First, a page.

You are right Stacer.... It can and does happen. What also happens is the dog can become wary of humans/hands or any bottle with water or realize that they are only sprayed when a human is around (so the behaviour can still occur when there is no human in sight).. Definately not a good thing IMO... Even if negative associations/bad timing weren't something to worry about, I personally do not think the dog is learning anything. Is the behaviour less likely to occur? Sure, if the individual dog finds a spray of lemon water negative enough... But he is being forced to act a certain way instead of actually dealing with the root cause of the behaviour. For example, lets assume that he had a scary experience with a cat and is afraid of them. By spraying him when he reacts, you scare him enough to stop lunging/barking but what have you taught him? NOTHING.He is still afraid of cats but now he may not give you any warning signs... So instead of lungng and barking, next time he will just bite.
You need to be very careful when incorporating positive punishment - if it is not done correctly, it can backfire with worse behaviour than what you started with.

Helen0423
July 3rd, 2008, 08:48 AM
Just wanted to add... he is not afraid of cats.. he had never seen one before in his life. He is responding to NO KITTY now not the spray. There has been no barking and he has been close enough to sniff and wag his tail when one walked by, no growling barking or hair standing up on his back. It is not like I am spraying him every time he reacts... what I am doing is giving him a treat now everytime he listens and does what he is told.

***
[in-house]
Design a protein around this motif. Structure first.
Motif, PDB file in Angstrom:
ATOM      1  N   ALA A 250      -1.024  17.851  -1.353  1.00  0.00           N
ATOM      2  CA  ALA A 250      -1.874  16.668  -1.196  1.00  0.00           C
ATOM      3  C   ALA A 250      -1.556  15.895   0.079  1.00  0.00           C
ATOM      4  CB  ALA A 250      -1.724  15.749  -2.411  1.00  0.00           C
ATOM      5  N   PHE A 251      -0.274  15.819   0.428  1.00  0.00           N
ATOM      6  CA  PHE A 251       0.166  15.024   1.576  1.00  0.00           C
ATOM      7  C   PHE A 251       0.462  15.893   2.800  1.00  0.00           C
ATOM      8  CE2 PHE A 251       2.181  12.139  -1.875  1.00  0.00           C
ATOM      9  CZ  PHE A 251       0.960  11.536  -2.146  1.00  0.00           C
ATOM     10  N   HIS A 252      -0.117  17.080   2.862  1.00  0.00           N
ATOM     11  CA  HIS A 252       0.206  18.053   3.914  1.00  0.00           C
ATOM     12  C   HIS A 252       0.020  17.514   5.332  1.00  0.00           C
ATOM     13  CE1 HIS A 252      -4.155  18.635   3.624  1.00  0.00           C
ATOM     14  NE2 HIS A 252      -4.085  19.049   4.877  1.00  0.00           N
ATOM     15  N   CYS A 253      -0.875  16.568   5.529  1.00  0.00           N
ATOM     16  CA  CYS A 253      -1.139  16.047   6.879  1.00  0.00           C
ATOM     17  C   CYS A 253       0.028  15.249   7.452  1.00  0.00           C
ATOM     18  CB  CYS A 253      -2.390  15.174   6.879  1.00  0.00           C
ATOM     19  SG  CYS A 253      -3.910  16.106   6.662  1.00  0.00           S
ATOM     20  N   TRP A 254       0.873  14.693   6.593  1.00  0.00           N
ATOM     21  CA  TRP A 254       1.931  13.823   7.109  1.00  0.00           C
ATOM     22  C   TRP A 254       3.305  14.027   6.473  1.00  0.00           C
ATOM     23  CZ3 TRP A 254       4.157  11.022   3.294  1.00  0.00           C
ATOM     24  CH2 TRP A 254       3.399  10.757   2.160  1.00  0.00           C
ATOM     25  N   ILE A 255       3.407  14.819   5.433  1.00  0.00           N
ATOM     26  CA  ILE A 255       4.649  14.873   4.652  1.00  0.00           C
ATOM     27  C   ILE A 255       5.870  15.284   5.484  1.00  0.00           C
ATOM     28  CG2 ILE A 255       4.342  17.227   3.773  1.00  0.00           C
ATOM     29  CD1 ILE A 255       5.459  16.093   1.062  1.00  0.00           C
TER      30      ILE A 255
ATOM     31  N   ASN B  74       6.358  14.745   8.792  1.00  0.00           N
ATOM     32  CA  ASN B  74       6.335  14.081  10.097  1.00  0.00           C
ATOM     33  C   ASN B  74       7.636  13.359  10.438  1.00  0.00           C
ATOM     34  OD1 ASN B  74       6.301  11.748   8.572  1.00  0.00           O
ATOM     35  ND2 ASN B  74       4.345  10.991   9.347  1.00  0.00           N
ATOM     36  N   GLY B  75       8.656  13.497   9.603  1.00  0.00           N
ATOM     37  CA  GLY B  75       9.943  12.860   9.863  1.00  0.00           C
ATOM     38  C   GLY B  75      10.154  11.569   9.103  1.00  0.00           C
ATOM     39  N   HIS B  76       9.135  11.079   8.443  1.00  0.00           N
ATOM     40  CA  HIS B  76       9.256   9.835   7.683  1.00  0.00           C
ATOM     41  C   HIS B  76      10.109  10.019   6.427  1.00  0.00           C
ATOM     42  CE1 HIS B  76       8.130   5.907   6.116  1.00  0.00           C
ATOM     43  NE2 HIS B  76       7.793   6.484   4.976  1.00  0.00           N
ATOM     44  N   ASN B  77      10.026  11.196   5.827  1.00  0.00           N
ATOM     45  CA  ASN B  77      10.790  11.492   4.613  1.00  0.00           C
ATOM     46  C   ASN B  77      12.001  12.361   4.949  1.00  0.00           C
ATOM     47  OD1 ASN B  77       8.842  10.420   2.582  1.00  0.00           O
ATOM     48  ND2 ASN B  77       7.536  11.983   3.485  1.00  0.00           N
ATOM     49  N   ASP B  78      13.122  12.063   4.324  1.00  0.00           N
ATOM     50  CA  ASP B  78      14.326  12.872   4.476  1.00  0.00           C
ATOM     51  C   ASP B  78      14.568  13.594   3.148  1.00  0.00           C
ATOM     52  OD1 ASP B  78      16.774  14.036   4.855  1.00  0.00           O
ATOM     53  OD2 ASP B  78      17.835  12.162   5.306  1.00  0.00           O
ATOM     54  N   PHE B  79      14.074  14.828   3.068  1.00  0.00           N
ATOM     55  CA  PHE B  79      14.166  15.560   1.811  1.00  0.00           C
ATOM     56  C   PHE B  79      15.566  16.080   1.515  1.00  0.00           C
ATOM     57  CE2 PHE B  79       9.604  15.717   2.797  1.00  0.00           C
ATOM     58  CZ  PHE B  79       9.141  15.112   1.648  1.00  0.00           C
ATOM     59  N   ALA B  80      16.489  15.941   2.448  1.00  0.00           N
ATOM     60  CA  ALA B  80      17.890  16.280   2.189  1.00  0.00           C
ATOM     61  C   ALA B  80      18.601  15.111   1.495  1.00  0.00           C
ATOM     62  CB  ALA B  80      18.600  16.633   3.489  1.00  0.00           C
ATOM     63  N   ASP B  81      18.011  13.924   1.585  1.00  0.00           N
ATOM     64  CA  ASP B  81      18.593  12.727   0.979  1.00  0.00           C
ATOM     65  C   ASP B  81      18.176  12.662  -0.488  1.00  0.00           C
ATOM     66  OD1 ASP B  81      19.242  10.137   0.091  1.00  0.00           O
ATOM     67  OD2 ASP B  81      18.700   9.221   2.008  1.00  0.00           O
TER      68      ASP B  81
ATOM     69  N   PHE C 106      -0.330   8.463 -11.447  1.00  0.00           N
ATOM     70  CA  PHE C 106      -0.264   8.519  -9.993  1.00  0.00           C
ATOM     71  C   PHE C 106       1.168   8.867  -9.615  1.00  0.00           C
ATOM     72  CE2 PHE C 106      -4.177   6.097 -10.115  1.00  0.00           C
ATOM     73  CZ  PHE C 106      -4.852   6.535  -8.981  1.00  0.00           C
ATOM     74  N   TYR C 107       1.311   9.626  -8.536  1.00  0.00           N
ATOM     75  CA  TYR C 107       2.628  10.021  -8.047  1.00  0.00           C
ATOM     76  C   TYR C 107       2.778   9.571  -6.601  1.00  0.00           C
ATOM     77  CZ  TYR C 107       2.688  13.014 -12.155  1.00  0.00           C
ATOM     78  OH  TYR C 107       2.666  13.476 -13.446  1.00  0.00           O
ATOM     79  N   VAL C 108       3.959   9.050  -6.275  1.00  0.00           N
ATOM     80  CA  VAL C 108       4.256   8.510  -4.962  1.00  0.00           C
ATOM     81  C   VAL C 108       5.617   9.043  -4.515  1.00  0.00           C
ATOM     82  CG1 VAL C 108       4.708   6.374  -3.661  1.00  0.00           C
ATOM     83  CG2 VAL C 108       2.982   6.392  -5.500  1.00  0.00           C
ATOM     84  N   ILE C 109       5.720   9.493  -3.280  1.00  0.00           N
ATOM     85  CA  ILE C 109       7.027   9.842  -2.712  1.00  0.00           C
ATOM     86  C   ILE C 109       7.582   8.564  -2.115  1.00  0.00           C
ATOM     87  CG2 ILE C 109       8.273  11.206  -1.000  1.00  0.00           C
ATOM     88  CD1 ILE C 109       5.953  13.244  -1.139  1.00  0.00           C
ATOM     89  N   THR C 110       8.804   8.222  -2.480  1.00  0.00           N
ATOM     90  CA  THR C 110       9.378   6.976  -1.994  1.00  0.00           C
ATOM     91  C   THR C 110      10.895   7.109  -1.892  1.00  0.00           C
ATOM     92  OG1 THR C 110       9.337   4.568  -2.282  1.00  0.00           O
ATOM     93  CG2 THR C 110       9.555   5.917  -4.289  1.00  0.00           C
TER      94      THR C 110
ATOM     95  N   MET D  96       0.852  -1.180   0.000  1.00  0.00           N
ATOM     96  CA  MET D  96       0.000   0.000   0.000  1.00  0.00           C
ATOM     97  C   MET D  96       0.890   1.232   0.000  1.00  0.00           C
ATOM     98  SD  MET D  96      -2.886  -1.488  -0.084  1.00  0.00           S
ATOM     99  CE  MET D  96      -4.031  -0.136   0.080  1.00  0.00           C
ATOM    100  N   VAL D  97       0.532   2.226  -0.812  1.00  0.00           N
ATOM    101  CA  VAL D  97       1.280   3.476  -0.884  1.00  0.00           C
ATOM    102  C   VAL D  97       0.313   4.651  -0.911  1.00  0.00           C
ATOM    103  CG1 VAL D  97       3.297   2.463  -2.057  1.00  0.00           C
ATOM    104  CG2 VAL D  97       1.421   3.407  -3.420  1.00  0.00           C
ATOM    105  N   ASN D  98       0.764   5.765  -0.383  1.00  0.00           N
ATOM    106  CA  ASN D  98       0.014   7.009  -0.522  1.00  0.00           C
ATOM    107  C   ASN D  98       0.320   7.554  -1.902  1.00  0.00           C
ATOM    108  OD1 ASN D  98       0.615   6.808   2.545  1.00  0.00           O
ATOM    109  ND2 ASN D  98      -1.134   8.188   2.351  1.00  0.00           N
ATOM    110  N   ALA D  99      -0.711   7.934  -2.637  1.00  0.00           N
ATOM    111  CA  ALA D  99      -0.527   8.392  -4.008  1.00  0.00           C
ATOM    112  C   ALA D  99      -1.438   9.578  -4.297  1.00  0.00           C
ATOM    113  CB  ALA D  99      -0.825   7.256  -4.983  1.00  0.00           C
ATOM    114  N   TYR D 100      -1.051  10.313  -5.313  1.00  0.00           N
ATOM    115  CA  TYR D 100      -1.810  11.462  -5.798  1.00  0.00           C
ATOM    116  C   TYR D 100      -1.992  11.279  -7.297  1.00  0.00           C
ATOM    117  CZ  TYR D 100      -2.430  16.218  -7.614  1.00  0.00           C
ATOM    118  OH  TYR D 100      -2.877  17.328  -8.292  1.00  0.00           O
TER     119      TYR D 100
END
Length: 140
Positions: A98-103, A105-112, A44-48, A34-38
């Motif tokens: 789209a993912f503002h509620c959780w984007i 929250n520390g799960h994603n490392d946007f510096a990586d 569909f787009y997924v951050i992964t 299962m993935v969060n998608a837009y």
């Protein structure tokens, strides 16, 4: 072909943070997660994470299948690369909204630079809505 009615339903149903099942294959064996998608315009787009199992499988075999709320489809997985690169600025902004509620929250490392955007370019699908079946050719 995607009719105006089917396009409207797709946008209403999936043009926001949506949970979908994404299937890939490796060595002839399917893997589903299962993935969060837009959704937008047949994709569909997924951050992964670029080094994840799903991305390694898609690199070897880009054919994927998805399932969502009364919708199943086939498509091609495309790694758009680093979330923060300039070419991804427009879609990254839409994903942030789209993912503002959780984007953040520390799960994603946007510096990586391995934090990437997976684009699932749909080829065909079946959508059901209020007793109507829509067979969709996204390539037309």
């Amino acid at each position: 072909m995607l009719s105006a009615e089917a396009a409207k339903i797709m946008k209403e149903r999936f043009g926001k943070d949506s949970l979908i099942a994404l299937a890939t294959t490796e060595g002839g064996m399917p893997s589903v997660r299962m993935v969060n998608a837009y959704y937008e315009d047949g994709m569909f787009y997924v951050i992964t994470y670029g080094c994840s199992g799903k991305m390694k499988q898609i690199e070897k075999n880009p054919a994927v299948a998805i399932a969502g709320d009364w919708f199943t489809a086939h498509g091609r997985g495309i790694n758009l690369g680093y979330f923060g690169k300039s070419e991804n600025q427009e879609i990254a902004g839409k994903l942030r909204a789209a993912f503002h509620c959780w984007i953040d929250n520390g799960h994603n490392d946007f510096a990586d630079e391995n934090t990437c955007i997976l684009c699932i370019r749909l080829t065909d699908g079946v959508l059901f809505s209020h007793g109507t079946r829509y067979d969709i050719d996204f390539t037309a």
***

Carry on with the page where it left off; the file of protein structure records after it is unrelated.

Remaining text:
Lissa
July 3rd, 2008, 08:54 AM
Just wanted to add... he is not afraid of cats.. he had never seen one before in his life. He is responding to NO KITTY now not the spray. There has been no barking and he has been close enough to sniff and wag his tail when one walked by, no growling barking or hair standing up on his back. It is not like I am spraying him every time he reacts... what I am doing is giving him a treat now everytime he listens and does what he is told.

It was an example of what could happen when you rely on positive punishment...

I hope that it works for you - just wanted the make the risks/drawbacks of this tactic clear since there was some confusion on whether or not dogs make negative associations!

Helen0423
July 3rd, 2008, 10:03 AM
Thank you.. I apprecitate that.. I just wanted to be clear that I wasn't on a squirting spree with him for everything. He is such a sweet loveable pup... and now that I am not stressing over the growling at my other babies I can relax and enjoy his great personality! Thanx Lissa!

Helen0423
July 7th, 2008, 08:00 PM
Still stressed out over this training thing. Lots of barking and nipping and other wonderful things. Had me in tears earlier. I emailed someone regarding obedience training but haven't heard back anything yet. Sorry just needed to vent. Not sure what to do... getting so stressed that I am sure it is not helping anything. My patiences are shoot and that can't be a good thing. Why did I let myself get such a big puppy that I feel I can't control. I am used to little 6 month old puppies. Ok I will stop now... :sad::sorry: